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Paying-it-forward through the Nature Inspiration Awards

Ander Cabot Center for Ocean Life, New England Aquarium


The Campobello Whale Rescue Team frees a North Atlantic right whale from a fishing net.


By Kristy Jones
April 6, 2021

A tool to free whales from nets, enclosures for orphaned and injured racoons, and the restoration of historic woodlands – these are some of the tangible outcomes of the Canadian Museum of Nature’s Nature Inspiration Awards.

Now in its eighth year, this program honours outstanding and innovative nature-focused projects by youths, adults, not-for-profits, and businesses. The winners each receive a $5,000 award, which they then donate to a deserving nature-themed organization of their choice.

Here is a look at how some of the 2020 award winners “paid-it-forward”, each contributing in their own way to a more sustainable future.  

Tracey Caplin © Tracey Caplin.


Sophia Spencer presents a cheque to Jacqueline Smith, Special Events Coordinator at Heaven’s Wildlife Rescue.

Sophia Spencer, Sarnia, Ontario – 2020 Youth Award

At nine, Sophia Spencer co-wrote the book “The Bug Girl” with author Margaret McNamara. It inspires young girls to pursue their passions. For Sophia, that was insects. She considered donating her prize money to a pollinator conservation group, but chose a wildlife rescue group near her home community because of its decisive plans for the funds and the organisation’s reliance on donations to operate. Sophia’s donation is the largest it has ever received.  

Heaven’s Wildlife Rescue, Rehabilitation and Education Centre in Oil Springs, Ontario, cares for orphaned, injured and displaced animals. Sophia first heard of them when they visited her school. She contacted them for aid when she found an injured squirrel outside her home.

With the Nature Inspiration Award money, the rescue organisation intends to expand its raccoon enclosures.

International Conservation Fund of Canada (ICFC), Chester, Nova Scotia – 2020 Small to Medium Not-for Profit Award

The ICFC is a Canadian charity that has been funding conservation projects in Latin America, Africa and Asia since 2007. It looks to include local communities in hands-on, science-based environmental work. As a rule, they don’t generally fund projects in North America.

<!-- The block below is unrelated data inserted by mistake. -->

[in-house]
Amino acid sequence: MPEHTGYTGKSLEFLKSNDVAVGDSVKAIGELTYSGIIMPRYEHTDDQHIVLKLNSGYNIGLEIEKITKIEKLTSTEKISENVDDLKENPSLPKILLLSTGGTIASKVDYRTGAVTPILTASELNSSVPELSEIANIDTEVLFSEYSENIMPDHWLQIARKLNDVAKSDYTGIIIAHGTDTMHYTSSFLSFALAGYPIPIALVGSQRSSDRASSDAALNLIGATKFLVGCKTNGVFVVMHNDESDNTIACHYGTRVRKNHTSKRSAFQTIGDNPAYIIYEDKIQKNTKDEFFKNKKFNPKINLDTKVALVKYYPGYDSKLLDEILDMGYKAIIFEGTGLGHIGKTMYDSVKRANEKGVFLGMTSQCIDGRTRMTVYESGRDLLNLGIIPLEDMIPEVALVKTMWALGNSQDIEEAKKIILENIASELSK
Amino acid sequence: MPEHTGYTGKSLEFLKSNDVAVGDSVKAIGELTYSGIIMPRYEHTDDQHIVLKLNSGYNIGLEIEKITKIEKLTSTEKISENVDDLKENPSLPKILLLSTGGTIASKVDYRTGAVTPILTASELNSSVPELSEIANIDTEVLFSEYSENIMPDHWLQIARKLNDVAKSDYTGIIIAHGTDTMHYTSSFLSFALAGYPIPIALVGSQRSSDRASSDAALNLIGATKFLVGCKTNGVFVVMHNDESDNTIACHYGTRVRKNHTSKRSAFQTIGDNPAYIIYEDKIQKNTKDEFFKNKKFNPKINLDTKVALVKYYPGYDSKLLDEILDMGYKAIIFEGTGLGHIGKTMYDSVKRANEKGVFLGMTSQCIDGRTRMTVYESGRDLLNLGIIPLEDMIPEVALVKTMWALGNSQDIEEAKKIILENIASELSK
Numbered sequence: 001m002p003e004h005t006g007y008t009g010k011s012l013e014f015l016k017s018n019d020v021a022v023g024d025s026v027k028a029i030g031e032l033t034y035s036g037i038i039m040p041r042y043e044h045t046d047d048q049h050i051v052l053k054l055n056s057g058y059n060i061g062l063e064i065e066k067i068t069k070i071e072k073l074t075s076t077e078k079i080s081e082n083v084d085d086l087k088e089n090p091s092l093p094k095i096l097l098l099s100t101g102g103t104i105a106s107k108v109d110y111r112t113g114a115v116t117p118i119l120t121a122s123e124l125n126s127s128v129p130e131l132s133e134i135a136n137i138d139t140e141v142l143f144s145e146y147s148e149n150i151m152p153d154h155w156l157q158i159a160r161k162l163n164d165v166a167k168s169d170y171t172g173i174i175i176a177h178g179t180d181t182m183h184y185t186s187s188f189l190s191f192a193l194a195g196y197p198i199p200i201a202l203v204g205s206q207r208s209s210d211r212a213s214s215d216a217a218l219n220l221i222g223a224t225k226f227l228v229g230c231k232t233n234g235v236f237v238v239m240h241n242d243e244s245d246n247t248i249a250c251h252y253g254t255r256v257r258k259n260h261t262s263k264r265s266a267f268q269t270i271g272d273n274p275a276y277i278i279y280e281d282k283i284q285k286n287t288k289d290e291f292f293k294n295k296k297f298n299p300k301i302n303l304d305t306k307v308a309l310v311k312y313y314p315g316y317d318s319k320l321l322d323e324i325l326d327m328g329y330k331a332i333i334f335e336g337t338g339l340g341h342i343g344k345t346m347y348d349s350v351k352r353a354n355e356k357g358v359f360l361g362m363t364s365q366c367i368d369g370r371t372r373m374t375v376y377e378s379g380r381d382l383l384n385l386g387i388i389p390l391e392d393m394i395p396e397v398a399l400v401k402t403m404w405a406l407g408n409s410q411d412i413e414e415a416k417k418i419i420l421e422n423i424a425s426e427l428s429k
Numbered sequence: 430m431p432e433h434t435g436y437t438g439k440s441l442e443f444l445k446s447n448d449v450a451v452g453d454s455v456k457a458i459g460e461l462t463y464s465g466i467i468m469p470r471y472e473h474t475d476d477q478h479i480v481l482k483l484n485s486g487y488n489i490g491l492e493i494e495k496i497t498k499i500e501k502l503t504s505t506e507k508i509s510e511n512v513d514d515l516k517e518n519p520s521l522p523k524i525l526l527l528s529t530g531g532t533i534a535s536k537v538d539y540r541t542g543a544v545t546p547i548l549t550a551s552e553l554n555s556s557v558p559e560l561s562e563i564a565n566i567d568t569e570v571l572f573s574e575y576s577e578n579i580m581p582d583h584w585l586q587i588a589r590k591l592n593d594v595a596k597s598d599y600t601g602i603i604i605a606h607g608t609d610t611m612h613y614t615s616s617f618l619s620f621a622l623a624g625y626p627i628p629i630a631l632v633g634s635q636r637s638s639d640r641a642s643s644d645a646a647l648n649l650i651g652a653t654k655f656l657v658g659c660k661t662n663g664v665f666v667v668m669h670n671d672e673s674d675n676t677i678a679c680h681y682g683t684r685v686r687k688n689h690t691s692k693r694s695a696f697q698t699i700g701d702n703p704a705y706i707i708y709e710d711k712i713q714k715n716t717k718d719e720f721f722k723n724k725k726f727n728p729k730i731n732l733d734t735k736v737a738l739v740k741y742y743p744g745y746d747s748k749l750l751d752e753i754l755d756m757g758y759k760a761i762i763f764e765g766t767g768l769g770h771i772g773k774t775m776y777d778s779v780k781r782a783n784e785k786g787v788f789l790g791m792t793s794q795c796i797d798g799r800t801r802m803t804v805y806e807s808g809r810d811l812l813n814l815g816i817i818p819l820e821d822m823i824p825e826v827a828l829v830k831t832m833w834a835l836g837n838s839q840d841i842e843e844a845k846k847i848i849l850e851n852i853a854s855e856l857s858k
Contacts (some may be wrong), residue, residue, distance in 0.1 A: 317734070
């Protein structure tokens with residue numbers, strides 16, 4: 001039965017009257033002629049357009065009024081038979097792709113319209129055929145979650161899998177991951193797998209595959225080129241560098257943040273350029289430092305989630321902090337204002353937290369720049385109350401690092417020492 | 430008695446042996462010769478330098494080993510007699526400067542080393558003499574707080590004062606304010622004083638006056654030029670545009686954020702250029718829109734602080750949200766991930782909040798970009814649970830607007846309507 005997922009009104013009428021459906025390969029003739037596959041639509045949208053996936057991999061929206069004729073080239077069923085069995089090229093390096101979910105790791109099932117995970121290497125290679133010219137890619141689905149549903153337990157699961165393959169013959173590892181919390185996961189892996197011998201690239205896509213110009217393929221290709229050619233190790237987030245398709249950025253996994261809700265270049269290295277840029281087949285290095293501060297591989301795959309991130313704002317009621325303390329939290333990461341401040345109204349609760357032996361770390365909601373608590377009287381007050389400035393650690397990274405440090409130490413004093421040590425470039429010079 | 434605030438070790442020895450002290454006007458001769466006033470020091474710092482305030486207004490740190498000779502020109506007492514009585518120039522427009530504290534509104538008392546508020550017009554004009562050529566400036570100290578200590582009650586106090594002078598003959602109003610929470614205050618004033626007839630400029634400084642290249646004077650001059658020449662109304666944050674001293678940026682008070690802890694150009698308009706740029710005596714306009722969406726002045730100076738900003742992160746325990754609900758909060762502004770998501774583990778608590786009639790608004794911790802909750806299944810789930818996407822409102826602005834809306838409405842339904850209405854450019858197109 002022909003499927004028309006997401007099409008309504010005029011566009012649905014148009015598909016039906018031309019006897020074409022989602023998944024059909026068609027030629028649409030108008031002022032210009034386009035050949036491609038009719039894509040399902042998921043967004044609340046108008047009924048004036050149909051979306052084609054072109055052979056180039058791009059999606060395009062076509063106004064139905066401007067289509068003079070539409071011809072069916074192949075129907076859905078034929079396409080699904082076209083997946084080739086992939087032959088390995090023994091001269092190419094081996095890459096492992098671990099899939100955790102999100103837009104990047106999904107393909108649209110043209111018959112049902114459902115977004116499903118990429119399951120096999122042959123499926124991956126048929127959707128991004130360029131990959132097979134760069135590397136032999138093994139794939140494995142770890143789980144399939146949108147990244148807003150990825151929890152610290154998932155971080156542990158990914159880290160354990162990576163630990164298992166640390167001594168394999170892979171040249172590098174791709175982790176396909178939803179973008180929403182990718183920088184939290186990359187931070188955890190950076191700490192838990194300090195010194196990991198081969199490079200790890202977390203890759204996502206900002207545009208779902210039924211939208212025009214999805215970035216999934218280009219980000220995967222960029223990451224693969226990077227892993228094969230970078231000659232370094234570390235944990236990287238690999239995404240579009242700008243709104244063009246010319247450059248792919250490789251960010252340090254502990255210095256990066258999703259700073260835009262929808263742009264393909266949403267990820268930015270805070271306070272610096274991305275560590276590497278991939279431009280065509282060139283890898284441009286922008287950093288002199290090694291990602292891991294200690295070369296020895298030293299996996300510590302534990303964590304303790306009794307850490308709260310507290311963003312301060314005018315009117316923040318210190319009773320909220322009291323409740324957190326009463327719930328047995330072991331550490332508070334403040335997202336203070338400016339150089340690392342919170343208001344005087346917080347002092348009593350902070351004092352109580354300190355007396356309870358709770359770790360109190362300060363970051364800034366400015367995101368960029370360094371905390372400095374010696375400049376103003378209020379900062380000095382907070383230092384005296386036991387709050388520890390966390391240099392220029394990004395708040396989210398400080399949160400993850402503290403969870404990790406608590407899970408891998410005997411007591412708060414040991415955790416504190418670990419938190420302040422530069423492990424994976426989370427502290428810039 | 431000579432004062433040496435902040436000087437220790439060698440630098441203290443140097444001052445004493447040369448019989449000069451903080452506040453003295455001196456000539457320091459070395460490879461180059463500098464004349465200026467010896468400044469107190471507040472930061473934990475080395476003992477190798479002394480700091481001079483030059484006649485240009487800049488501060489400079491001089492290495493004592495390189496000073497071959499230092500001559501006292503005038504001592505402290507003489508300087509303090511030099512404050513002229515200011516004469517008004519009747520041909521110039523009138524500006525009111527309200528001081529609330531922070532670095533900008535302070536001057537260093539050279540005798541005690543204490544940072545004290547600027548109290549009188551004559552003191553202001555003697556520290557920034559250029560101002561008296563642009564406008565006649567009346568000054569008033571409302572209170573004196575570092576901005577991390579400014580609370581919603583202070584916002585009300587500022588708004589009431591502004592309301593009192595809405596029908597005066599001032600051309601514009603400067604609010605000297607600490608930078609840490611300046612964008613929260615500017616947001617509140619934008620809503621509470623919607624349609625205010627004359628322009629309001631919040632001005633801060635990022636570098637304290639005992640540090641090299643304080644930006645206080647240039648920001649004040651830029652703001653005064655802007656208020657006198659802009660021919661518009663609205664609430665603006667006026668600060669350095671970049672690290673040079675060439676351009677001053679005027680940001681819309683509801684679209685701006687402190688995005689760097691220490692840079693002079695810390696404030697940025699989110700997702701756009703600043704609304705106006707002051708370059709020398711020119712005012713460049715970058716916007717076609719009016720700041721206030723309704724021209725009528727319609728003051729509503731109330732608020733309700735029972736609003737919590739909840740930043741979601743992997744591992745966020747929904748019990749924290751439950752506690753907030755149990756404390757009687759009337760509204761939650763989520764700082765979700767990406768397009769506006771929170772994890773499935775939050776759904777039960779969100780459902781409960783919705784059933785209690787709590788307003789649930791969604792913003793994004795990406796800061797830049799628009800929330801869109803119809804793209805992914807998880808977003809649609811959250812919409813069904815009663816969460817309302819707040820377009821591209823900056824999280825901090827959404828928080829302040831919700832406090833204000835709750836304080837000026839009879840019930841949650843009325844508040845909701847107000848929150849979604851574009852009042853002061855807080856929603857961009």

This year, the ICFC made an exception and donated all $5,000 of its prize to the Canadian Whale Institute, specifically the Campobello Whale Rescue Team in New Brunswick.

When first formed in 2002, the rescue team was comprised of volunteer fishermen and biologists who saved North Atlantic right whales from fishing gear. In 2014, the team came under the umbrella of the Canadian Whale Institute. Now, participating in the rescue team is a year-long commitment and, as of 2018, members are paid. They cover all of the Atlantic provinces except for Newfoundland.

The funds are being used develop a serrated tool attached to a pole that will quickly and safely saw through the thick fishing nets that are known to entangle the whales. The team has enlisted the help of a mechanical engineer, who is volunteering his time.

The need for a stronger presence, proper funding and proper training for the whale rescue team became truly evident in 2017 when 12 dead right whales were found in the Gulf of St. Lawrence—victims of ship collisions and gear entanglement. Five more right whales were entangled in nets, still alive.

Gary Schneider, Stratford, Prince Edward Island – Adult Award  

Gary Schneider founded the MacPhail Woods Ecology Forestry Project in September 1991 as a response to deforestation in Prince Edward Island. The goal of the project is the restoration of historic woodlands. In September 1991, he was hired to create a trail on the MacPhail Homestead property. He entered into an informal partnership with the homestead and began to restore the woods.

As part of his initiative, Schneider organizes nature camps, trail walks and education programs on the restored land.

Schneider chose to donate his prize winnings to the MacPhail Foundation, which recently received a 100-acre land donation from its next-door neighbours. The Foundation is using the money to help restore the new land.

These inspiring stories from remarkable nature enthusiasts and conservationists remind us of the need to get involved and to help preserve the natural world. Feeling inspired? Know a deserving group or individual? Click here for more information on the 2021 Call for Nominations.